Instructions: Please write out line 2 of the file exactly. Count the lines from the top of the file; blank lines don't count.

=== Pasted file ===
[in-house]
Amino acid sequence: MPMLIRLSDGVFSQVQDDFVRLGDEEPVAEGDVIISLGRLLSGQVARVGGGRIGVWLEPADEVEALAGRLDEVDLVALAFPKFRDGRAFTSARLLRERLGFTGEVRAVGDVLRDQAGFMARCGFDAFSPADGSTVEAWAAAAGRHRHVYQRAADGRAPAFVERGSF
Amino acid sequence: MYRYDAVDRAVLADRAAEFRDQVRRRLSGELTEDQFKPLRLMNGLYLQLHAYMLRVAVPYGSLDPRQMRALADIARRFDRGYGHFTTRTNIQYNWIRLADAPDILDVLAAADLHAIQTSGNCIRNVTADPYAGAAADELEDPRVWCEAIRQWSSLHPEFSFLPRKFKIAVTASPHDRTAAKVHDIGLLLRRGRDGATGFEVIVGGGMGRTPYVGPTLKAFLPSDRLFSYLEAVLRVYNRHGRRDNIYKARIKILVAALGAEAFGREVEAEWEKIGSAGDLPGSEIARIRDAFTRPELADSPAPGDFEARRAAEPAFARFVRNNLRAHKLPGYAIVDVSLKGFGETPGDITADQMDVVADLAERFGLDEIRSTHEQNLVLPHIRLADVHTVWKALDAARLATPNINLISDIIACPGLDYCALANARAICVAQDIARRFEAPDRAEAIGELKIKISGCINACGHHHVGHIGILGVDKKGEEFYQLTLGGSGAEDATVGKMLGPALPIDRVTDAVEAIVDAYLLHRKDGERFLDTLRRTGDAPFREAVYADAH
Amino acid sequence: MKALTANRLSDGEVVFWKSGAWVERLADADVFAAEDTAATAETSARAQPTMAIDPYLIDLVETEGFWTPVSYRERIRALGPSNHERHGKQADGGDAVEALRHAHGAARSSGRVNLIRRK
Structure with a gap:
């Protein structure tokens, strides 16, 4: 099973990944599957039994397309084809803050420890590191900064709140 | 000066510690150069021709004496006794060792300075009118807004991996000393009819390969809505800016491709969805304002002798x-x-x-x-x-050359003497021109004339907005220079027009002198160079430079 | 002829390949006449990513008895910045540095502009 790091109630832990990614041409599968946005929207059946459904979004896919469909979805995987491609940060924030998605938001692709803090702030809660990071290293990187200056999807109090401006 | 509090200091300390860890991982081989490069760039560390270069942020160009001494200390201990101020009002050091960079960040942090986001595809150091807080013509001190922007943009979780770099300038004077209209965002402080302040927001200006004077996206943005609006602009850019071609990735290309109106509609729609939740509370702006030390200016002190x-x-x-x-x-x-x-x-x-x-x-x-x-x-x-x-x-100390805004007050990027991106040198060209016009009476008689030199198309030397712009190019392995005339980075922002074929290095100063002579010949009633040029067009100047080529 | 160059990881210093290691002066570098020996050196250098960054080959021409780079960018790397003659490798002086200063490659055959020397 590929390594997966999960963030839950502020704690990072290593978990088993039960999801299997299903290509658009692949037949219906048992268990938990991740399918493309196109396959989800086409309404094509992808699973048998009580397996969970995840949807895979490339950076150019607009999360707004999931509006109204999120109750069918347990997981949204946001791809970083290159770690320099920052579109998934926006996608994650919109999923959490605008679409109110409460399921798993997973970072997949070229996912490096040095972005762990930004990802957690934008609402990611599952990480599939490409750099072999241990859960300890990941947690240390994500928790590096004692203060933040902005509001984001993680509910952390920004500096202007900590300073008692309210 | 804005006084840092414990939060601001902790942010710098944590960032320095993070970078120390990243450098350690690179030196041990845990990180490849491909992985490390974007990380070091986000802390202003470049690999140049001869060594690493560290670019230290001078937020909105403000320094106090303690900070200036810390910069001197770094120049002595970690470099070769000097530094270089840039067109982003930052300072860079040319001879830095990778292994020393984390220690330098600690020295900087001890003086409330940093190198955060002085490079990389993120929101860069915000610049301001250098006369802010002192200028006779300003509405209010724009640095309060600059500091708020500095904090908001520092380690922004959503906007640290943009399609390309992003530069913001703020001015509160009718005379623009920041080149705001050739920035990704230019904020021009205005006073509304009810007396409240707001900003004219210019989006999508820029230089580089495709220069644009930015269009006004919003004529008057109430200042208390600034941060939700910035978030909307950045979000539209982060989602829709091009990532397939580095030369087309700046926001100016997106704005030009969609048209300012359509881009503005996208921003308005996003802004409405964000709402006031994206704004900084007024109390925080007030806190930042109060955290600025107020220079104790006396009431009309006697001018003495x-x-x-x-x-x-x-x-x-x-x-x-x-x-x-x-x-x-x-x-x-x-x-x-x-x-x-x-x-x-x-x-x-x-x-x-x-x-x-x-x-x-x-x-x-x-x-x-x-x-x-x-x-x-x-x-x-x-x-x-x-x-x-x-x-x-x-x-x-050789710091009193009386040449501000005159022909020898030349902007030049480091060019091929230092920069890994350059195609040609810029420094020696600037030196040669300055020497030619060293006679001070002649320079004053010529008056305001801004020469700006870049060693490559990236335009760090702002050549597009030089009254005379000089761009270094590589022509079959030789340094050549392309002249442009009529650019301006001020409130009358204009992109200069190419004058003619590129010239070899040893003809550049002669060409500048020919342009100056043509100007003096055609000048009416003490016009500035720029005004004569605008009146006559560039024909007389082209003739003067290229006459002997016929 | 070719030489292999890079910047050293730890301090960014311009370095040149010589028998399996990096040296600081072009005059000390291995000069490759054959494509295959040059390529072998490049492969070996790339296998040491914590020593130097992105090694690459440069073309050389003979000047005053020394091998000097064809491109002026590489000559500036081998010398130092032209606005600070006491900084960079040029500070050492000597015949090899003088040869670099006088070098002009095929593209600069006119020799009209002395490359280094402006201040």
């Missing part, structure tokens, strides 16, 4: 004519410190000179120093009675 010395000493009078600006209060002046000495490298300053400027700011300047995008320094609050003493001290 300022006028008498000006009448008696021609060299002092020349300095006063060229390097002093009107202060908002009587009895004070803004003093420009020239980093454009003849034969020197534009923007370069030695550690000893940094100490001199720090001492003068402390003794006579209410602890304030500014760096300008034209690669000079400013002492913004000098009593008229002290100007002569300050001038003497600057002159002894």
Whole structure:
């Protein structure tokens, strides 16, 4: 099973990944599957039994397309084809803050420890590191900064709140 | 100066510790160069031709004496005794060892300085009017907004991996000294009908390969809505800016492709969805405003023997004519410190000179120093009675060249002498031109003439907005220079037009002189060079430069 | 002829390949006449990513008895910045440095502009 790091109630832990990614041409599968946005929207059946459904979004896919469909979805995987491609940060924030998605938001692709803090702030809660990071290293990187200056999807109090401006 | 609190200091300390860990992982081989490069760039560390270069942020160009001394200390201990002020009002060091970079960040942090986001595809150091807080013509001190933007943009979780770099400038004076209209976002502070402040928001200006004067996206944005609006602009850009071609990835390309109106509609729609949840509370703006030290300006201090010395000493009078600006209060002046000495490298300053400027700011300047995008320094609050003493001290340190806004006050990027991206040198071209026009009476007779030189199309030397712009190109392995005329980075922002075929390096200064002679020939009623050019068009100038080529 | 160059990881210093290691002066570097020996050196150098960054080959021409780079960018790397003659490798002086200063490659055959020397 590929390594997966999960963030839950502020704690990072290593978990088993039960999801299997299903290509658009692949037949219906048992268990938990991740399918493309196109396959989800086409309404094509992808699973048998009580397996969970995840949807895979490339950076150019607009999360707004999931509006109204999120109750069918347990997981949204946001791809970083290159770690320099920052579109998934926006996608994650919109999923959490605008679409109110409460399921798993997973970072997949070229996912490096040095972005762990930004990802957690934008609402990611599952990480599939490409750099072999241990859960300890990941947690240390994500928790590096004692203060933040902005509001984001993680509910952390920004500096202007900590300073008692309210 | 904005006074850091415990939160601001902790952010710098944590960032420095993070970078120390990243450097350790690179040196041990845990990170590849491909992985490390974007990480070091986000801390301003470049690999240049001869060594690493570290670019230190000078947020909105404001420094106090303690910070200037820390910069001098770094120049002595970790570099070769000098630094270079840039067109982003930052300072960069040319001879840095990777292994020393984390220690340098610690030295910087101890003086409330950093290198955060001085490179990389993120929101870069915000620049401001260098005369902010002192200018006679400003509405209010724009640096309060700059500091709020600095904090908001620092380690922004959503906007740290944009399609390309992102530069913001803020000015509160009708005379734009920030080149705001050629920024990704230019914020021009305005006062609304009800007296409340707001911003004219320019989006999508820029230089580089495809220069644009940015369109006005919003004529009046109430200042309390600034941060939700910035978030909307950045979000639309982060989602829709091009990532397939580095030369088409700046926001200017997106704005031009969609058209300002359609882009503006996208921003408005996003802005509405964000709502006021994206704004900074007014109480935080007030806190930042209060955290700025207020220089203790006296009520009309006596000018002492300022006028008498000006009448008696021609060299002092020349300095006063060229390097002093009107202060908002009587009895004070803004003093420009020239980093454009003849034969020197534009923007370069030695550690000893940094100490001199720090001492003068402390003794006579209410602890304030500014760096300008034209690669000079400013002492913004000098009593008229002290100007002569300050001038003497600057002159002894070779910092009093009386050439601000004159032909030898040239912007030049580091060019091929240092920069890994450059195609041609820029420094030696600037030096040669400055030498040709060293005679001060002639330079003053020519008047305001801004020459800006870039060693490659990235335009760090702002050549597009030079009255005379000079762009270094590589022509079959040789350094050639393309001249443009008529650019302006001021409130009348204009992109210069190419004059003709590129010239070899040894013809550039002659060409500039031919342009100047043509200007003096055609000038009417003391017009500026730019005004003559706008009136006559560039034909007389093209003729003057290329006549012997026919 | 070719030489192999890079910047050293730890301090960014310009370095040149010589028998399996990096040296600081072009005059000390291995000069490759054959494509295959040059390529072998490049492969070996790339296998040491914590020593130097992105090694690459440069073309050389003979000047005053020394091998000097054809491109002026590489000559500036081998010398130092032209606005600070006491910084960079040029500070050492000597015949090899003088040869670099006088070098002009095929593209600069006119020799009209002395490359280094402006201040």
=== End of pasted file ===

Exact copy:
Amino acid sequence: MPMLIRLSDGVFSQVQDDFVRLGDEEPVAEGDVIISLGRLLSGQVARVGGGRIGVWLEPADEVEALAGRLDEVDLVALAFPKFRDGRAFTSARLLRERLGFTGEVRAVGDVLRDQAGFMARCGFDAFSPADGSTVEAWAAAAGRHRHVYQRAADGRAPAFVERGSF